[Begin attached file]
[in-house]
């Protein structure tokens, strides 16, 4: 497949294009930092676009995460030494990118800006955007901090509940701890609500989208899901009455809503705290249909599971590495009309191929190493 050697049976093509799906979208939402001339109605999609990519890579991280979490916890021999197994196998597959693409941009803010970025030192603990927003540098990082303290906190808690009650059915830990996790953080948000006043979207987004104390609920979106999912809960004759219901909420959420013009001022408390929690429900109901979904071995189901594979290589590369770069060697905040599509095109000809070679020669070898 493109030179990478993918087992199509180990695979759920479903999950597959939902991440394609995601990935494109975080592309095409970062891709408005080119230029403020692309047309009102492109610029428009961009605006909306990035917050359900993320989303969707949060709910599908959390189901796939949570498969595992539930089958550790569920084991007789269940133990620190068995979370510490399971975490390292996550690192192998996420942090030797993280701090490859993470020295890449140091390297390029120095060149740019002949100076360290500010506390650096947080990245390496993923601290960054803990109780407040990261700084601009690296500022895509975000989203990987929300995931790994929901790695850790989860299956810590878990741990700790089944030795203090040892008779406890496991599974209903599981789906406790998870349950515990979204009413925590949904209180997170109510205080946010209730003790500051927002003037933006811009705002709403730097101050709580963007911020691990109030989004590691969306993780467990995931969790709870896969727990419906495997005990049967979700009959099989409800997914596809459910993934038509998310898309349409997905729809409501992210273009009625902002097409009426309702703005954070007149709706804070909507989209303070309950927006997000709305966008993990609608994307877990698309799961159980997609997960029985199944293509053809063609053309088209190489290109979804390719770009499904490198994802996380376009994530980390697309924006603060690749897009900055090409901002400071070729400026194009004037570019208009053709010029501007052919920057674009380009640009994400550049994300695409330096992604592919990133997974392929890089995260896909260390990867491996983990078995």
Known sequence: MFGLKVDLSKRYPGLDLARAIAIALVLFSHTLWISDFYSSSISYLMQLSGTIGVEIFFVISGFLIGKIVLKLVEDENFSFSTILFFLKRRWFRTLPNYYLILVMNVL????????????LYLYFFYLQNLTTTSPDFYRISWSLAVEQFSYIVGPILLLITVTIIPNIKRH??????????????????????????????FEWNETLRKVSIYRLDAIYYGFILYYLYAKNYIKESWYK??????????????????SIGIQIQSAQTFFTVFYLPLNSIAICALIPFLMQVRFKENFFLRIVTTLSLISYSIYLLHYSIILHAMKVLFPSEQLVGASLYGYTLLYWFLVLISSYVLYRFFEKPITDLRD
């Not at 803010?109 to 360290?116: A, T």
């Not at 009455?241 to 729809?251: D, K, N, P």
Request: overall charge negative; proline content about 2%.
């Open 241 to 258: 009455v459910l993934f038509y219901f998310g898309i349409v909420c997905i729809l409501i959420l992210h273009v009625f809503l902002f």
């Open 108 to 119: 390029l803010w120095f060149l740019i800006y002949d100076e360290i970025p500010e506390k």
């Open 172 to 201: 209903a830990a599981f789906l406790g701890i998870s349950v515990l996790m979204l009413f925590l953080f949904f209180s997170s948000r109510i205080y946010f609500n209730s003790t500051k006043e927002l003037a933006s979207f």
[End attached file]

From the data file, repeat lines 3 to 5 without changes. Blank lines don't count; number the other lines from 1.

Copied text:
Known sequence: MFGLKVDLSKRYPGLDLARAIAIALVLFSHTLWISDFYSSSISYLMQLSGTIGVEIFFVISGFLIGKIVLKLVEDENFSFSTILFFLKRRWFRTLPNYYLILVMNVL????????????LYLYFFYLQNLTTTSPDFYRISWSLAVEQFSYIVGPILLLITVTIIPNIKRH??????????????????????????????FEWNETLRKVSIYRLDAIYYGFILYYLYAKNYIKESWYK??????????????????SIGIQIQSAQTFFTVFYLPLNSIAICALIPFLMQVRFKENFFLRIVTTLSLISYSIYLLHYSIILHAMKVLFPSEQLVGASLYGYTLLYWFLVLISSYVLYRFFEKPITDLRD
């Not at 803010?109 to 360290?116: A, T």
């Not at 009455?241 to 729809?251: D, K, N, P």